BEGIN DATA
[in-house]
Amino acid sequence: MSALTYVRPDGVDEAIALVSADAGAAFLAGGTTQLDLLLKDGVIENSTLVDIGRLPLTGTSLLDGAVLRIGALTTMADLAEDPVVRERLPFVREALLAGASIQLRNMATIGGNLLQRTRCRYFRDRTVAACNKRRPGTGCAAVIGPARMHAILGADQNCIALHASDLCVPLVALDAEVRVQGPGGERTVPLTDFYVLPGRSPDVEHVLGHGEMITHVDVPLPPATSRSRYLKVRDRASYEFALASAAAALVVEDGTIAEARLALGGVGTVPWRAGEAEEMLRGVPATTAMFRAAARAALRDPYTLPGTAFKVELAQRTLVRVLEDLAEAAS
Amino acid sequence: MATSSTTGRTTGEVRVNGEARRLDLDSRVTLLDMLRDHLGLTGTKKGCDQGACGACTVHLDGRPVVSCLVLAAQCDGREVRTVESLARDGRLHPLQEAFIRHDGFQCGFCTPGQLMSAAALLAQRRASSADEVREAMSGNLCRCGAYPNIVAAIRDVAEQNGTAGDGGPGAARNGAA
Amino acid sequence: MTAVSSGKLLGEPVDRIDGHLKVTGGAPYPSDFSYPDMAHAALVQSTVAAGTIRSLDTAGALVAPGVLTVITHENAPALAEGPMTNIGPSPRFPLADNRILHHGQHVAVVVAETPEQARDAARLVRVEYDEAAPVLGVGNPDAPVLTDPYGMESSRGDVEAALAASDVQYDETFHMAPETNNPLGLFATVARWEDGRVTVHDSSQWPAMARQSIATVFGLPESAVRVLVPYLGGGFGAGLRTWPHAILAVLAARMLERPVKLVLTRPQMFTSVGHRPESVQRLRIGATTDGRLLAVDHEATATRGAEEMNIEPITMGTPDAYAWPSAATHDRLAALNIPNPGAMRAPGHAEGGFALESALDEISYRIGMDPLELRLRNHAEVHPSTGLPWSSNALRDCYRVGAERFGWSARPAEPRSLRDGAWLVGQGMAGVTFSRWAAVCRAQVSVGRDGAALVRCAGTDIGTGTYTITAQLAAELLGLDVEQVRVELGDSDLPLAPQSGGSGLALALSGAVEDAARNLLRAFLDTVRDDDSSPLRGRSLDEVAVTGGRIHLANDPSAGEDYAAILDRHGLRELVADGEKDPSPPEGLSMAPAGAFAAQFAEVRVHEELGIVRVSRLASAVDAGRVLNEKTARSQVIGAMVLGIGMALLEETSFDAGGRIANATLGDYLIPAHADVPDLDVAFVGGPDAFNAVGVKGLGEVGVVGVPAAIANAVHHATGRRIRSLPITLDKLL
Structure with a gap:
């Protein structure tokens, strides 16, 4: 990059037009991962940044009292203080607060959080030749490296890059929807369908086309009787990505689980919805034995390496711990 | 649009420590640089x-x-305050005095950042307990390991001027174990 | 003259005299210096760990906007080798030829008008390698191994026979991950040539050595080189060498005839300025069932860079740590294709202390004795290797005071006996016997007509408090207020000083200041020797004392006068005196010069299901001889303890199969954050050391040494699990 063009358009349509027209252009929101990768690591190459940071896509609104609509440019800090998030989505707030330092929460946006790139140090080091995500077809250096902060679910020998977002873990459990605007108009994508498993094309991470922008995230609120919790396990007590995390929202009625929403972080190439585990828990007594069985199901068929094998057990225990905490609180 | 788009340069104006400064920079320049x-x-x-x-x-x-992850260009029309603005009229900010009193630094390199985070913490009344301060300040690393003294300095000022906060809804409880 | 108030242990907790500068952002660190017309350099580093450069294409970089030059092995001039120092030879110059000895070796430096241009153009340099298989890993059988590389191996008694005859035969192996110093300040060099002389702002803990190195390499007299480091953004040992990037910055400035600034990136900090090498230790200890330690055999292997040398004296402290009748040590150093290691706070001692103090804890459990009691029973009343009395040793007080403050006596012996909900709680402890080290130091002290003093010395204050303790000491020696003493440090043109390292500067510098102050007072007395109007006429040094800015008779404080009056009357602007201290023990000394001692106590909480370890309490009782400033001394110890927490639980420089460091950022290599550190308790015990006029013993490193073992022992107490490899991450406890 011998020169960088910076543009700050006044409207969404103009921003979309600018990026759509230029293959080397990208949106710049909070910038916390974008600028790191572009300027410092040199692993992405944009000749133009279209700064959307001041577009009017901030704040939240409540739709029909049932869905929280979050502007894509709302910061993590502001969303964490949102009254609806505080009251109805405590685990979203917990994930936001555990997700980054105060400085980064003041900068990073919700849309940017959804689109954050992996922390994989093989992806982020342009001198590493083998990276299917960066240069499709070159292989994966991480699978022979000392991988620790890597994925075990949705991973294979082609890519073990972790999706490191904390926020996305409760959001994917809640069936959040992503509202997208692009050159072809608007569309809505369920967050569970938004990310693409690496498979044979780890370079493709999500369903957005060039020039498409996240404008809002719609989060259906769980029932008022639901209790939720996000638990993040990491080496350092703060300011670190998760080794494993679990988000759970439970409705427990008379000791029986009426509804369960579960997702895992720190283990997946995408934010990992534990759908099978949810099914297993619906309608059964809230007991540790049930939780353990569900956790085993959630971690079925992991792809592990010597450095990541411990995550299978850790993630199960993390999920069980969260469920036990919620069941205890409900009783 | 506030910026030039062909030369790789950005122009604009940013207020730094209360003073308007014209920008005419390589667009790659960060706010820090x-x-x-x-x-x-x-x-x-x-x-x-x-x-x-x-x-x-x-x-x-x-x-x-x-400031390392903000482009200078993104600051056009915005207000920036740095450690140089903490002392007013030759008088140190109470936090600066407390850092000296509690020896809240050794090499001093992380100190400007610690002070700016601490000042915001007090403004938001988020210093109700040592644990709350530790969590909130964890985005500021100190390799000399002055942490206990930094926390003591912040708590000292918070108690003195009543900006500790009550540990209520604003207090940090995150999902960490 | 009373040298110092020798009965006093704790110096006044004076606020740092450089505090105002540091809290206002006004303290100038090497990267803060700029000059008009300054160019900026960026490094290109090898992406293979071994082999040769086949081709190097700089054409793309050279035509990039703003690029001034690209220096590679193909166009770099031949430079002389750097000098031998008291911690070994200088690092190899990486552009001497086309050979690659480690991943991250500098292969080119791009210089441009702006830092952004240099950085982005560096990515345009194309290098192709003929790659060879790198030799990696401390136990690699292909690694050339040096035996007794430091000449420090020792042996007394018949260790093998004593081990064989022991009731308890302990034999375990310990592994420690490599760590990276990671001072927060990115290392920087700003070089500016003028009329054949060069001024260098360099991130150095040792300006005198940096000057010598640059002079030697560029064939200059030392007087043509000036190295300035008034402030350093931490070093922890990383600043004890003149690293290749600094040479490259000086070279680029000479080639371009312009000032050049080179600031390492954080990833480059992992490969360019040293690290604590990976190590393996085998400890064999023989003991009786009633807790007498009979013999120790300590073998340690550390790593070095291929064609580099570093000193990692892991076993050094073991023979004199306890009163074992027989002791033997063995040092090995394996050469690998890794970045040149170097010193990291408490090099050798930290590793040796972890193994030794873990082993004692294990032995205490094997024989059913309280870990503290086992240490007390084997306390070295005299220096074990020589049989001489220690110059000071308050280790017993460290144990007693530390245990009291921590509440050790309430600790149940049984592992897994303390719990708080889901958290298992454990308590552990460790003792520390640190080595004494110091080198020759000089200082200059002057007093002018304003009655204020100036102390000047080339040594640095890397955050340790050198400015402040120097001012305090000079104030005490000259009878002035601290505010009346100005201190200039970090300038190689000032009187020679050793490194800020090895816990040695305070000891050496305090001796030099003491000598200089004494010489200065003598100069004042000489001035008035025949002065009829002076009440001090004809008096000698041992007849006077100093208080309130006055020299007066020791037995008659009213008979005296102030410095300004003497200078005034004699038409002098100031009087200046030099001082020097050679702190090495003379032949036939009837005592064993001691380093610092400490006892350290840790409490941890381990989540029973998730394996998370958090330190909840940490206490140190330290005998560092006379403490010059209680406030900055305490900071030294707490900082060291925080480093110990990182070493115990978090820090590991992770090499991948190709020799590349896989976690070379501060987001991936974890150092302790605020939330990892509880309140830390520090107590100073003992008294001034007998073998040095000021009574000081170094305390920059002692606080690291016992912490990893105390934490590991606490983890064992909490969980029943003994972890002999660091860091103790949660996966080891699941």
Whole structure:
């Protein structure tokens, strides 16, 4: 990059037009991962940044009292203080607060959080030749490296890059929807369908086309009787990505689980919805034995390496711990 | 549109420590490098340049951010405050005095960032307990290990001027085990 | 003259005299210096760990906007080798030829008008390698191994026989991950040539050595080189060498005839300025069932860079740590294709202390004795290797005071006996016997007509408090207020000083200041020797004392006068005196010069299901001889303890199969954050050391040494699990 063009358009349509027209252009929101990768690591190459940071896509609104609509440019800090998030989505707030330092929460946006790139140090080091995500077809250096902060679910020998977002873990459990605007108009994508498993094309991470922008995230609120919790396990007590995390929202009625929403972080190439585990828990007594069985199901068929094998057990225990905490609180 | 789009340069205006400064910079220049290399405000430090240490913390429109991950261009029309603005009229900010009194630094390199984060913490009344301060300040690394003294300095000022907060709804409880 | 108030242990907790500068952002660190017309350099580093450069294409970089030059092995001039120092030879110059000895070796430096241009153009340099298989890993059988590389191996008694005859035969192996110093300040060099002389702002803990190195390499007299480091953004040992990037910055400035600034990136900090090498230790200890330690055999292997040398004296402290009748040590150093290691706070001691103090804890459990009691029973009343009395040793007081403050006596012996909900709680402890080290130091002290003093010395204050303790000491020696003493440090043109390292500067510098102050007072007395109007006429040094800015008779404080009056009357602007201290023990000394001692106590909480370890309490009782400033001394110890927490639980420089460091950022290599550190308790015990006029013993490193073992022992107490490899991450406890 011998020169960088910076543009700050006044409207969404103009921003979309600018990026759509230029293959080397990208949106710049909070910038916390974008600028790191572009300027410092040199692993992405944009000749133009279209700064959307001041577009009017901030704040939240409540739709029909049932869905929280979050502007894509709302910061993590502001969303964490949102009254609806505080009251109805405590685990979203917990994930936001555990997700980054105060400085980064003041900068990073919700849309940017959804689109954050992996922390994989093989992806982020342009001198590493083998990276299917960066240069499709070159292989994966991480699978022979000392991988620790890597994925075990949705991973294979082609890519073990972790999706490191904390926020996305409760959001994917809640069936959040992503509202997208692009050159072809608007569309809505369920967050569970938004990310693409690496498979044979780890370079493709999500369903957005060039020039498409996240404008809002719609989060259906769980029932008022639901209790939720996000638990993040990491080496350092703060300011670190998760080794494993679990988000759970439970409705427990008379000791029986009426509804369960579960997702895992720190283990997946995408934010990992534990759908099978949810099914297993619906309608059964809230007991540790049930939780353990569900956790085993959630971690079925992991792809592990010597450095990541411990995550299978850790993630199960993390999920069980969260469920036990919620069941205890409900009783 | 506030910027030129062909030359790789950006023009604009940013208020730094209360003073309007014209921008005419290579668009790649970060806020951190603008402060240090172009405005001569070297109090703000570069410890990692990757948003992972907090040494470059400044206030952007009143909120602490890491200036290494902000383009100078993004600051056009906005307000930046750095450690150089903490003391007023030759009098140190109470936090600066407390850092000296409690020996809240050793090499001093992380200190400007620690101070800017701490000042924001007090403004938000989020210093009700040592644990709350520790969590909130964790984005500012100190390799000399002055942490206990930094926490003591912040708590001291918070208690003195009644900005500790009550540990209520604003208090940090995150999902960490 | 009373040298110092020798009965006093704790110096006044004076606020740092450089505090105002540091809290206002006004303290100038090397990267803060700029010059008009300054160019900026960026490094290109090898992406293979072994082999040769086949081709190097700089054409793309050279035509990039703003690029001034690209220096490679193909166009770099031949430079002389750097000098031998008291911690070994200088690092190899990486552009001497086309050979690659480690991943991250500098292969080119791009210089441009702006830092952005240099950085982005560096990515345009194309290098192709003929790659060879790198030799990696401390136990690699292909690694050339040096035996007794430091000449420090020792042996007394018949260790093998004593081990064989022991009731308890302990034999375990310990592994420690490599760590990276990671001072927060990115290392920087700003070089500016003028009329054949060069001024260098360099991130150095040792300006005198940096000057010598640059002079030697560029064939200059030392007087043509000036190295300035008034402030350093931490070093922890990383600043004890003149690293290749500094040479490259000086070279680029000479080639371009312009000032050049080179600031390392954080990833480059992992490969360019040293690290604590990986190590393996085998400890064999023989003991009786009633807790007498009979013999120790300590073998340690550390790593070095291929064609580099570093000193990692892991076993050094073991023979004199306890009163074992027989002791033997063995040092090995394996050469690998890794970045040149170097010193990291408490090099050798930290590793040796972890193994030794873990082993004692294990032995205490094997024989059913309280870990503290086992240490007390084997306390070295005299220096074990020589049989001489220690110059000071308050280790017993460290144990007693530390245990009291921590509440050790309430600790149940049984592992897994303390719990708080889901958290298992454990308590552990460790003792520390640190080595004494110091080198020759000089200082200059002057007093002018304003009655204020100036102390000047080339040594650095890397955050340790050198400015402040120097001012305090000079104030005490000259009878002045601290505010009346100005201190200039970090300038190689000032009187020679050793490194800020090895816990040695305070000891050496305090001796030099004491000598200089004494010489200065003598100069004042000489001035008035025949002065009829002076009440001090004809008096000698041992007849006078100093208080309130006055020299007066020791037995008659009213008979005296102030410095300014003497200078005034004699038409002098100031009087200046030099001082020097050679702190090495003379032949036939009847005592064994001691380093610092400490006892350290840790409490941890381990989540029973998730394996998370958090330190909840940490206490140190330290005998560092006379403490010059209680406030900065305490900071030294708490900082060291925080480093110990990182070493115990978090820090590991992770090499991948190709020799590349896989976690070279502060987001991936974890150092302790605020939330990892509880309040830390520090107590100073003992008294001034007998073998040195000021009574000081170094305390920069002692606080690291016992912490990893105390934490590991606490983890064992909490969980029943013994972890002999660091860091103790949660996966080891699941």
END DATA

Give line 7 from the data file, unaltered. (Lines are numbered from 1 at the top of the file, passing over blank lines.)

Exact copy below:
Whole structure: